That quote you provided is so cute. My little sister has nearly completed her first year of University and she has started coming out with things like that. She has a few piercings as well and valiantly tries to awaken us from our class consciousness. I tell her to fuck off with that postmodern stoner hippy shite because I live in realityland now and have no wish to regress to being a first year undergrad again, thanks very much. Still, it’s cute in a kinda pathetic way to see adults still talking liked drugged-out art-history and sociology students who really, really genuinely believe with all their little innocent heart and soul that they have discovered the big secret to life and that the squares will just never, ever get it. And then they quit the drugs and grow up, or not and continue to write such excruciatingly embarrassingly earnest but demented shite. Still, thanks for the laugh and glad you’re staying in touch with your inner child to such hilarious consequences. Fuck the system, maaaan.


There is precisely zero information in that post. If you have nothing to contribute then please don’t post. On the other hand, I’d like to hear why you disagree with the quote you highlighted above. I’m not defending the quote, just trying to foster debate.


I originally thought the first line of your post was directed at BR.
In relation to the post i thought nigel addressed it pretty clearly. Two minds is a juvenile mixed up hippy/libertarian who believes in equality but who rejects society. Its Not an economics blog and has little worth quoting.


Jeez, the lack of scientific rigour in study of economics astounds me. They published in a (questionably) prestigious peer-reviewed journal, without peer review and without including the raw data. Heck, it didn’t even pass the, “review by grad-student” test.

You’d get better scientific rigour from a homeopath and more accurate representation from the ingredients of a Findus Lasagne.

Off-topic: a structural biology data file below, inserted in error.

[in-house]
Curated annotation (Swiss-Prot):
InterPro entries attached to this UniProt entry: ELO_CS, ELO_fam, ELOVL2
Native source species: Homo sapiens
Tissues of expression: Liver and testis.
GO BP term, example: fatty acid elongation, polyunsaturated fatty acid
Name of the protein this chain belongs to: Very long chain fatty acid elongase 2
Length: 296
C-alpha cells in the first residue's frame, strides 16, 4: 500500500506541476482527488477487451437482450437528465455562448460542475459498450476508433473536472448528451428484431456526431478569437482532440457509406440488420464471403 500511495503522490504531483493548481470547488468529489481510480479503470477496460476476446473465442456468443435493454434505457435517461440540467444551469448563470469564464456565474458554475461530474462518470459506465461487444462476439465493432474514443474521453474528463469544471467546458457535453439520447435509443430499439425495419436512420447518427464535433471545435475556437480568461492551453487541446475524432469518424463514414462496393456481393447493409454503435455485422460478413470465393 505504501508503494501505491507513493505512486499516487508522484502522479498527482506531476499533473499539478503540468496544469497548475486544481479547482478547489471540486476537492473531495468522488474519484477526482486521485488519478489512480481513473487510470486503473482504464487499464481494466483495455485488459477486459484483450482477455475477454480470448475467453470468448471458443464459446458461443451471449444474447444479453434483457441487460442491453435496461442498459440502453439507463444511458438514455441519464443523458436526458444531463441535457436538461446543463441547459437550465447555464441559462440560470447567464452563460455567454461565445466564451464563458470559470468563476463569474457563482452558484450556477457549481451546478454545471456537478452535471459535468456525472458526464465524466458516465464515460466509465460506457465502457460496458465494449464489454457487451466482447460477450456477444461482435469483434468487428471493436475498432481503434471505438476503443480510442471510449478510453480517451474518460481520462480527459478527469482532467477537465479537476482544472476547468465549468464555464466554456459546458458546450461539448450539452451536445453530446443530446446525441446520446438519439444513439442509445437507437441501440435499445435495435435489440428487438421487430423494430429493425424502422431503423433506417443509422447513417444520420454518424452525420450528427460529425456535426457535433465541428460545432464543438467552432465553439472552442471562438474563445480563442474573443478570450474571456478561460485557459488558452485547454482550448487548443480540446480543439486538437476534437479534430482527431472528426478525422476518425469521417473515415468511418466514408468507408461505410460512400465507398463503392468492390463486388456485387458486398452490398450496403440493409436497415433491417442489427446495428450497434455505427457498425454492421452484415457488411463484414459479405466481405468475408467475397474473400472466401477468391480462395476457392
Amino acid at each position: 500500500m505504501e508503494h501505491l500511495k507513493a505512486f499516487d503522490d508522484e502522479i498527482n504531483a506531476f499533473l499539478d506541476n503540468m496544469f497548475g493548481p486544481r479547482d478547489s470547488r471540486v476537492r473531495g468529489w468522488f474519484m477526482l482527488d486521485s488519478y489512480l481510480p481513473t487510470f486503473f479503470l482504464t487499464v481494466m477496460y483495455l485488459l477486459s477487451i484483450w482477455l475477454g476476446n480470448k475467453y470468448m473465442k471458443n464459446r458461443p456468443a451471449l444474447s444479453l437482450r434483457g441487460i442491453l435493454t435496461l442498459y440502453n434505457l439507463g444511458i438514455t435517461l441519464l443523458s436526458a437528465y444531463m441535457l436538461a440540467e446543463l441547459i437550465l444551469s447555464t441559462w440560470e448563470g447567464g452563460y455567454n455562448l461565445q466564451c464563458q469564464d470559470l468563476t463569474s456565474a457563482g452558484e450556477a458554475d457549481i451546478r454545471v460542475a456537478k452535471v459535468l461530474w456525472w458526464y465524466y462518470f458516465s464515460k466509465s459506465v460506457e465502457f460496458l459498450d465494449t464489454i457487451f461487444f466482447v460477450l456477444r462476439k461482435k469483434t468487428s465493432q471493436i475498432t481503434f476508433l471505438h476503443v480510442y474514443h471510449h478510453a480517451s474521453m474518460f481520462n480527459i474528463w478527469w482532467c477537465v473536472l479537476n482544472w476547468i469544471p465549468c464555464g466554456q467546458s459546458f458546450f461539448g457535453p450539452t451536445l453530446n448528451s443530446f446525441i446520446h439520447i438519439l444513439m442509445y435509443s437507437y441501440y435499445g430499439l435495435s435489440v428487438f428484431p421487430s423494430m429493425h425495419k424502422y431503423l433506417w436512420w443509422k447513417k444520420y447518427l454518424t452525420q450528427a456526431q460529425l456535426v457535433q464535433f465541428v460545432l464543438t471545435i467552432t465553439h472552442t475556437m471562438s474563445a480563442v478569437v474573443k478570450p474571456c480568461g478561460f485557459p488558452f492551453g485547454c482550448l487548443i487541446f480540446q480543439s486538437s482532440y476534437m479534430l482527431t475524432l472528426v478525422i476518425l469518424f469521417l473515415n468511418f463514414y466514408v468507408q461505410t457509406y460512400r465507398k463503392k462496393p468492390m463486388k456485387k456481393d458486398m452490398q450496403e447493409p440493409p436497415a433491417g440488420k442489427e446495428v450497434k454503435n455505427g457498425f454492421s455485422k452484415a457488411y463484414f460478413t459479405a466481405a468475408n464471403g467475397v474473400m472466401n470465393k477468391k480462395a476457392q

Yet the authors will go on record defending an erroneous paper, as opposed to revisit it, rewrite it, republish it without writing the conclusions first. The zealotry is redolent of a pamphleteer.

Also distrubing is the frequency with which this paper is cited and, ergo, accepted by other scholars. It smacks of an unquestioning orthodoxy.,5

I submit that the argument that the study of economics has not reached the level where it can be considered a science. The hallucinations of mystics as guidance for rulers have been replaced by the prognostications of these astrologer propagandists.


Soccer is more scientific. And less tribal.

As the FT pointed out, the R&R paper is not really an economic study but more a statistical analysis that seems (at best) to confuse correlation and causation.


This debate is interesting in itself, but almost none of it is applicable to Ireland.

I can see it now: the government does what the Beards and Shinners want, pile billions into some road digging or whatever the fuck, PS pay stays high, house prices start rising again, Dublin again becomes the most expensive city in Christendom, our debts get higher and higher until one day all the roads are all dug and…then what? Has industry suddenly popped up all over the place? Is there a bunch of wealth creating innovation going on? Will expensive house prices have improved our competitiveness?

Ireland was/is so incredibly fucked that it doesn’t matter to us whether Krugman is right or wrong. We defy theory. We just need stuff to be cheaper…it’s that simple for us.


You’re correct as long as the ECB sticks to its hard-money-zealotry.
You’re incorrect if they grow a brain, tell Germany that 27% unemployment in Spain is not acceptable, and begin to fund higher deficit spending.